My name is Jeremy Dorn and I'm a Bay Area-born and-bred Dodgers fan. Guilty as charged. But living in enemy territory isn't all bad; in fact, it's pretty enjoyable when my Dodgers come to town for a set of games at AT&T Park, as they will this weekend. The flammability of the teams' rivalry needs no explaining, but I am willing to give Giants fans a bit of extra fuel.
If your goal is to taunt a blue-and-white wearing fan this weekend, here are the five best insults to hurl his or her way to completely demoralize your adversary before a pitch is even thrown:
1. Call Don Mattingly What He Is: A Lifelong Loser
Despite spending most of his career as the New York Yankees' captain, the Dodgers' manager has never won anything as a player or a coach, and we hate to admit it. He went to the playoffs once in 14 years as a player, didn't join the Yankees' coaching staff until after their late 90's dynasty team was disbanded, missed out on their 2009 title after he had moved on to L.A., and has seen his Hall of Fame vote totals dip every year. In two seasons as a manager, he failed to make the playoffs, even after acquiring guys like Hanley Ramirez and Adrian Gonzalez down the stretch last year. Bruce Bochy eats managers like Mattingly for breakfast.
Giants fans still love Dodgers third baseman Juan Uribe for his role in their 2010 World Series victory, and rightfully so. The portly, free-swinging Uribe had a fluky career year in '10, and eternally endeared himself to this city. Alas, that was before the Dodgers snatched him up for an ill-advised three-year, $21 million deal in 2011—to this day, still one of the worst free agent signings of the modern era. Since joining the Dodgers, Uribe's massive failures can not be understated. For the Giants in 2010, he hit 24 home runs. In 160 games with the Dodgers, he has hit 8. Thanks for squeezing the talent pool dry, San Francisco.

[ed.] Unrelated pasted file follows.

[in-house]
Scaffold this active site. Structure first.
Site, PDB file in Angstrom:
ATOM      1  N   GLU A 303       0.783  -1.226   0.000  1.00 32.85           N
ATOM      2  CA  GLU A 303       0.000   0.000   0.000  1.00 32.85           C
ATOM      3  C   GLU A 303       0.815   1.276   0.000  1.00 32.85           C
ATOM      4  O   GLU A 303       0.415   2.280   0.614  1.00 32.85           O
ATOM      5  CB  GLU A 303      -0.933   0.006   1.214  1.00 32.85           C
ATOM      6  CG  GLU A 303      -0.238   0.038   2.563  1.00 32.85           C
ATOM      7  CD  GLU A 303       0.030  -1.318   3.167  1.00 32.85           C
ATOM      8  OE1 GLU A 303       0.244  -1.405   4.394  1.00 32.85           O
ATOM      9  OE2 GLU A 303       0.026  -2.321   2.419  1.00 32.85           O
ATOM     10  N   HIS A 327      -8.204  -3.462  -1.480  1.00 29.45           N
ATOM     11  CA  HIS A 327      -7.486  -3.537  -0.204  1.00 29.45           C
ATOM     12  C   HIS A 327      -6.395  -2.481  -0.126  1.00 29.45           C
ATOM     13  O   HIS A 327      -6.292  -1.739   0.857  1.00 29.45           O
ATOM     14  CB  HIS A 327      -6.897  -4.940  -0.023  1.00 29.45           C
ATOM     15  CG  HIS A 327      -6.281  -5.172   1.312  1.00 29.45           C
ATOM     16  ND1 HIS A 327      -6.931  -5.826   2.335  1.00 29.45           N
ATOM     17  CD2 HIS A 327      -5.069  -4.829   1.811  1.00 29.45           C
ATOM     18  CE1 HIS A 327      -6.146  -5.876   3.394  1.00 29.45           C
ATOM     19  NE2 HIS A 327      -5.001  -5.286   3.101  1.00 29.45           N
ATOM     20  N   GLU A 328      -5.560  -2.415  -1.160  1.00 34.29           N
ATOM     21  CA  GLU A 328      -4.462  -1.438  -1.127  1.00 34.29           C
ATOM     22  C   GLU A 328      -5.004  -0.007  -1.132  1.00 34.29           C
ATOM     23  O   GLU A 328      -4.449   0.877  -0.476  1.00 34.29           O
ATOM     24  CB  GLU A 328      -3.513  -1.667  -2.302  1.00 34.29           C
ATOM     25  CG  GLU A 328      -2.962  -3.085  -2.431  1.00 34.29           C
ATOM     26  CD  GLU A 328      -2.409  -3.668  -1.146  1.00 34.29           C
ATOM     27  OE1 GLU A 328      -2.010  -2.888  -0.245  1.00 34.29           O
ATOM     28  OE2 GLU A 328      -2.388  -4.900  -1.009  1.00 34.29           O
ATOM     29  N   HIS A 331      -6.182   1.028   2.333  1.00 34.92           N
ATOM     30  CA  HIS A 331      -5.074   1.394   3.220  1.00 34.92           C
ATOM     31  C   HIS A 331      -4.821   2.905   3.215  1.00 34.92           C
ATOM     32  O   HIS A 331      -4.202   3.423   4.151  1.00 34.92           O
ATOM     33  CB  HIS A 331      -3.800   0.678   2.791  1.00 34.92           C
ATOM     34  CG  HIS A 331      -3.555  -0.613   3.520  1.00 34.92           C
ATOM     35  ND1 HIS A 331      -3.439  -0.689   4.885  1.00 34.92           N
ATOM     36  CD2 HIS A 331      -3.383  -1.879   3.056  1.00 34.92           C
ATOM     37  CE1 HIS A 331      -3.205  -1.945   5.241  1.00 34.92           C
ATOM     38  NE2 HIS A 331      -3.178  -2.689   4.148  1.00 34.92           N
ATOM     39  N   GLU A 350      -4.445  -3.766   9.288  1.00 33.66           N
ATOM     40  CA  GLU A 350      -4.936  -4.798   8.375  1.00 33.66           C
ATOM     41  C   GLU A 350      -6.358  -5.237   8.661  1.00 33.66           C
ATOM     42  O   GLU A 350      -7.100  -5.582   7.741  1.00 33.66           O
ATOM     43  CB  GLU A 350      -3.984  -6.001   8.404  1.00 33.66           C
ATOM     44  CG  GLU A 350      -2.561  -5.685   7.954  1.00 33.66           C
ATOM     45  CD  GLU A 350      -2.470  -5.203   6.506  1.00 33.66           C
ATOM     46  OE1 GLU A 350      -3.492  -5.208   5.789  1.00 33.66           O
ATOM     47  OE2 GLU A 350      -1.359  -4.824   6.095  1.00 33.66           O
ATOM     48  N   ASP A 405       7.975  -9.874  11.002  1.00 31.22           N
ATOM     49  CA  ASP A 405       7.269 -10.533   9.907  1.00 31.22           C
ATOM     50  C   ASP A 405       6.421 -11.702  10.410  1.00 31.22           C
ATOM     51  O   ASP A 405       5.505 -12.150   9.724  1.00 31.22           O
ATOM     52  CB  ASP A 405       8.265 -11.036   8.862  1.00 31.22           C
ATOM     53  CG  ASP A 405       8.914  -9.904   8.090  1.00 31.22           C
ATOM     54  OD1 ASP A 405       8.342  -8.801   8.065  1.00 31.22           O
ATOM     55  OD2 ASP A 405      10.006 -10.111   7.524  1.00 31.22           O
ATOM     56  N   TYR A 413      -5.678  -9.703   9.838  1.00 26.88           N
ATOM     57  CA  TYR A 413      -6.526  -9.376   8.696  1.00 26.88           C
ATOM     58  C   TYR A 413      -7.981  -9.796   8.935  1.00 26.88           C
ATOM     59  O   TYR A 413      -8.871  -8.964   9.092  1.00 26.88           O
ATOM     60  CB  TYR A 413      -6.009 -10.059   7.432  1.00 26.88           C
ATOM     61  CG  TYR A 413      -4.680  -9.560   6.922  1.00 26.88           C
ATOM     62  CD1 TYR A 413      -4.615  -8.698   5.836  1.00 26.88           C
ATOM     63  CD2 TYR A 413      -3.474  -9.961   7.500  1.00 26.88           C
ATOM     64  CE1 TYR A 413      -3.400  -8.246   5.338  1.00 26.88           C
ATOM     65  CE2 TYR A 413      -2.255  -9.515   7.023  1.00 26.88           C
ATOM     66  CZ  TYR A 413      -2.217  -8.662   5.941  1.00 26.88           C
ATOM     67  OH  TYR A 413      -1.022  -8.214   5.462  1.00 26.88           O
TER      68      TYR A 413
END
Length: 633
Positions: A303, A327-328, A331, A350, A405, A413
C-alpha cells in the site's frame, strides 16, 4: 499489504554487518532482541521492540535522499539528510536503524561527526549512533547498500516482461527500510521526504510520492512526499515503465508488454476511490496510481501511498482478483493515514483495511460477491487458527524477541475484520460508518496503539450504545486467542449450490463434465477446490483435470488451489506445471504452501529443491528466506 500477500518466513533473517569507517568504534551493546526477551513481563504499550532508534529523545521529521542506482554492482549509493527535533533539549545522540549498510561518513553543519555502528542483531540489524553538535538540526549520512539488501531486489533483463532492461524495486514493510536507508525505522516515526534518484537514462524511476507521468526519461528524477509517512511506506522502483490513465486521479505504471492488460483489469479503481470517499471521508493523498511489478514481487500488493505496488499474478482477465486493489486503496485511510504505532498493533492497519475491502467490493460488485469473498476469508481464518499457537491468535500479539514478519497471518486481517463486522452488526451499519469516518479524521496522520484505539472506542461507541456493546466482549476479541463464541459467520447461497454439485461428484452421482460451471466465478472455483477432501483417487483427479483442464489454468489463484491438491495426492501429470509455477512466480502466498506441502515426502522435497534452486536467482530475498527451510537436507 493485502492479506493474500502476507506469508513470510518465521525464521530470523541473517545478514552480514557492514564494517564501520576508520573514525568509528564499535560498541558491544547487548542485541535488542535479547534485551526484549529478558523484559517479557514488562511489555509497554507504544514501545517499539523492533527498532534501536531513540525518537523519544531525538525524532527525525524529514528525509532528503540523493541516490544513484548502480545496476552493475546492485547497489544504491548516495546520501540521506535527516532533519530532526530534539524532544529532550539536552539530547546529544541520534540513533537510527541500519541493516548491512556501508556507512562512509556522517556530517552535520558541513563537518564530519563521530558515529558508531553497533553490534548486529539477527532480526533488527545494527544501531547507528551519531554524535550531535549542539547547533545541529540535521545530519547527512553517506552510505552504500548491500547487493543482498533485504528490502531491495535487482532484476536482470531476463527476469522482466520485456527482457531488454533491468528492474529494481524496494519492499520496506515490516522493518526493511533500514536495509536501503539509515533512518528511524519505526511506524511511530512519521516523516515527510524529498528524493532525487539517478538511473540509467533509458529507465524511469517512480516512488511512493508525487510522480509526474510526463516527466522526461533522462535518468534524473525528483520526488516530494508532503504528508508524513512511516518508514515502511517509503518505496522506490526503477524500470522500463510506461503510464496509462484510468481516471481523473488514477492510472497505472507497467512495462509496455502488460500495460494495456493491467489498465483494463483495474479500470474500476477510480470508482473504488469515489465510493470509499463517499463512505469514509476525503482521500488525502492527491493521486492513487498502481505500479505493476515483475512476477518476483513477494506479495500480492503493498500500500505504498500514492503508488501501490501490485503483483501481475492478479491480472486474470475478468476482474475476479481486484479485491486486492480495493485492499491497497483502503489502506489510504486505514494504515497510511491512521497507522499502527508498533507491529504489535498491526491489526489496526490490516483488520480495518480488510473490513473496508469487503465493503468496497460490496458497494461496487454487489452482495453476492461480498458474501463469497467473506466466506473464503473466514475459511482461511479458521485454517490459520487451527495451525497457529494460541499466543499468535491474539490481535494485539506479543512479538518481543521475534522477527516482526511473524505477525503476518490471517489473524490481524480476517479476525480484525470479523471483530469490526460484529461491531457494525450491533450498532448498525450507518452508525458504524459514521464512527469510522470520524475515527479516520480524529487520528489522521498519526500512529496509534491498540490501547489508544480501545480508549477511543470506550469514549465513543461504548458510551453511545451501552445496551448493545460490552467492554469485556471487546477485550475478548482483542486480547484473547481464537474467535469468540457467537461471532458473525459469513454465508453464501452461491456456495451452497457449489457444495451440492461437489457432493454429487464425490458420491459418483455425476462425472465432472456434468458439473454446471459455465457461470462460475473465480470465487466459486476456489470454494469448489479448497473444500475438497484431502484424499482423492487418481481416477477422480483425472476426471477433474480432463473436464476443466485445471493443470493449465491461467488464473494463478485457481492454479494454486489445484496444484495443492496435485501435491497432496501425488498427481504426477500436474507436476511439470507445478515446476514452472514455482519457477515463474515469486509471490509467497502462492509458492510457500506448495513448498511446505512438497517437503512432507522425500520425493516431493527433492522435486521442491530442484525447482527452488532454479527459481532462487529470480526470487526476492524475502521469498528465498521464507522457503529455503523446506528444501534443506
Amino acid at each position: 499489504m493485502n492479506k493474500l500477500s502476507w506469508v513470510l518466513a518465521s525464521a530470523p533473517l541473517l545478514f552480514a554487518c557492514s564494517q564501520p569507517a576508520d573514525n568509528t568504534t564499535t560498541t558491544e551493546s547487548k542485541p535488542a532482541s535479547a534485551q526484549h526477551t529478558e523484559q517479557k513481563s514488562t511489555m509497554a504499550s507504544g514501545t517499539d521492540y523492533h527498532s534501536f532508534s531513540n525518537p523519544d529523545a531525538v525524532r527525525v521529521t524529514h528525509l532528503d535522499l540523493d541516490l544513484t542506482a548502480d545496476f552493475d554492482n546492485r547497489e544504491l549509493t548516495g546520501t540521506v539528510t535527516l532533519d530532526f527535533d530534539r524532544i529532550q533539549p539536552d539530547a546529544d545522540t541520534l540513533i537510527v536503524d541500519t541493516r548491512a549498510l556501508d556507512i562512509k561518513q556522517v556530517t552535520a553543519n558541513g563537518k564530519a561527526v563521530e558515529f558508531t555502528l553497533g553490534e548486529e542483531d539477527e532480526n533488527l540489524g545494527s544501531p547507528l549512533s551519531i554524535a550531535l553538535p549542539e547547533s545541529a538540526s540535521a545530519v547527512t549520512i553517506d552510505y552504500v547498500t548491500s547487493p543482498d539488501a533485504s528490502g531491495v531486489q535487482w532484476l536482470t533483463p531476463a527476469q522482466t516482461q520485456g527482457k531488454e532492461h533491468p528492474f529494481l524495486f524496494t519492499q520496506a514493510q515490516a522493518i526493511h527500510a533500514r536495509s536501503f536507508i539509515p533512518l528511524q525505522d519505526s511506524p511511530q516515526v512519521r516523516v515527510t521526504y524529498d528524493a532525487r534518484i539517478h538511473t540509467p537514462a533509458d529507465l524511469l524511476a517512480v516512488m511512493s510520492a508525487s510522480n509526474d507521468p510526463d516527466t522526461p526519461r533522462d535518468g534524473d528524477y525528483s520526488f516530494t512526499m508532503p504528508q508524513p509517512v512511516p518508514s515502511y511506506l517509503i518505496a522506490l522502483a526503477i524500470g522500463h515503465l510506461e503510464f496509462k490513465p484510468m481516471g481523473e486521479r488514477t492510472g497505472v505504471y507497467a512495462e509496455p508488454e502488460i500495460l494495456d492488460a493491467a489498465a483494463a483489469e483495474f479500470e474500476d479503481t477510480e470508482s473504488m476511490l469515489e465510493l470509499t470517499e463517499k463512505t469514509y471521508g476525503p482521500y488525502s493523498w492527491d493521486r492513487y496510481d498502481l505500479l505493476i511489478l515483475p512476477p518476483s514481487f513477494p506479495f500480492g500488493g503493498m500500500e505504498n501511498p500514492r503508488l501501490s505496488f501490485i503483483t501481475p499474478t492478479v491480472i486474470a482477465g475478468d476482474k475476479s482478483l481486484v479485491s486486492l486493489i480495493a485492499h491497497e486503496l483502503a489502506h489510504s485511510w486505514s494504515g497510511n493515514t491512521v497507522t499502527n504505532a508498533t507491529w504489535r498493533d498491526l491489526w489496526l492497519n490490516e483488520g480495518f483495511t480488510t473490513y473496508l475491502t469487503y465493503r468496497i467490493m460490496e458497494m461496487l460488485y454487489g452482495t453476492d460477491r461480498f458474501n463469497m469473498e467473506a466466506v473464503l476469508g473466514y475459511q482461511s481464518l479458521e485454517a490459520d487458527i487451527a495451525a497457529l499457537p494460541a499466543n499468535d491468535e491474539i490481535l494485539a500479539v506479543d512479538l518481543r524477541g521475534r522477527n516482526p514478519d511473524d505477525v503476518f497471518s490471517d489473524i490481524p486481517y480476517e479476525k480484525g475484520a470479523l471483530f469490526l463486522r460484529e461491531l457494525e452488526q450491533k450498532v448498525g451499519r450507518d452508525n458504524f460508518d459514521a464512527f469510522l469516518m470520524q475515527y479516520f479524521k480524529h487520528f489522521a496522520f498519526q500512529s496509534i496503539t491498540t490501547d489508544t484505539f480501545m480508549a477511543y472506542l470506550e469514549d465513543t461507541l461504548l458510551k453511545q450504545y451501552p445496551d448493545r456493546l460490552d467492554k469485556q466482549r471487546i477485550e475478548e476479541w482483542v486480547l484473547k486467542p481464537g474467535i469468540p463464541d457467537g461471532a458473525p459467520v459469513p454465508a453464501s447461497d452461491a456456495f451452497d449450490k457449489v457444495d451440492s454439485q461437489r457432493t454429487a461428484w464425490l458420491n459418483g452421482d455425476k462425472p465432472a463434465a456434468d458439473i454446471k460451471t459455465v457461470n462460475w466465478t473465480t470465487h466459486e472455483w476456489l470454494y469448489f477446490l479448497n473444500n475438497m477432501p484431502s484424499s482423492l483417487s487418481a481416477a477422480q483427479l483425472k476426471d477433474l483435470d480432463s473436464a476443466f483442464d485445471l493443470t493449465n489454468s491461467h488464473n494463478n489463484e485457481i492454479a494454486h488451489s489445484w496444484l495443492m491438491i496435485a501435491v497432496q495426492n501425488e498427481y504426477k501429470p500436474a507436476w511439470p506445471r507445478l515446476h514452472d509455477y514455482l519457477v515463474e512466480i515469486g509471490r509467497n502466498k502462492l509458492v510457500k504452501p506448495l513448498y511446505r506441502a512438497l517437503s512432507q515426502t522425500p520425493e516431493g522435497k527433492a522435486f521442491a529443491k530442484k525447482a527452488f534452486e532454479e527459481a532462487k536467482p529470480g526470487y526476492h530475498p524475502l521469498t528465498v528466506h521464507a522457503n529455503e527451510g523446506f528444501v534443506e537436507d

3. Ask, "Who's the Dodgers' Accountant, Anyway?"
The two teams are only separated by 2.5 games in the standings coming into this weekend's series, but considering how much money they've blown on free agents, the Dodgers should be running away with the division already. They spent $220 million in the off-season to eclipse the Yankees as the most expensive payroll in baseball, only to play sub-.500 ball through April. The team's 13 wins equates to nearly $17 million per victory, whereas the Giants' much smaller $136 million total payroll has bought them 16 wins at $8.5 million per. Your team is three wins better than mine and operating at half the cost. That's embarrassing.
4. Bring Up Zack Greinke at Every Opportunity
Residual anger still lingers for Dodger fans about Zack Greinke (he of a six-year, $147 million off season contract), who is on the disabled list until at least mid-June after breaking his collar bone in a brawl in San Diego. Public enemy number one is the Padres' Carlos Quentin, who charged the mound after getting hit by a Greinke pitch and barrelled his sasquatch-sized frame into the much smaller pitcher. And we do not want to hear any of the blame for that incident shifted to Greinke, regardless of whether or not him dropping his brittle shoulder into an oncoming neanderthal was the cause of the injury.
5. Point to the Pennants
This one hurts to write. We will call the Giants' two World Series titles in three years anything from "lucky" to "overdue," and create any way to make the reality sting less. But the truth hurts, and the truth is San Francisco's team is defending the World Series trophy...again. If all else fails, or if you want to shut up an obnoxious Dodger fan real quick, remind him or her who owns the hardware. The throwback retort from 2010 was that both teams then owned six titles and the Giants had finally caught up—not so much anymore. Excuse me while I go cry into my Juan Uribe jersey.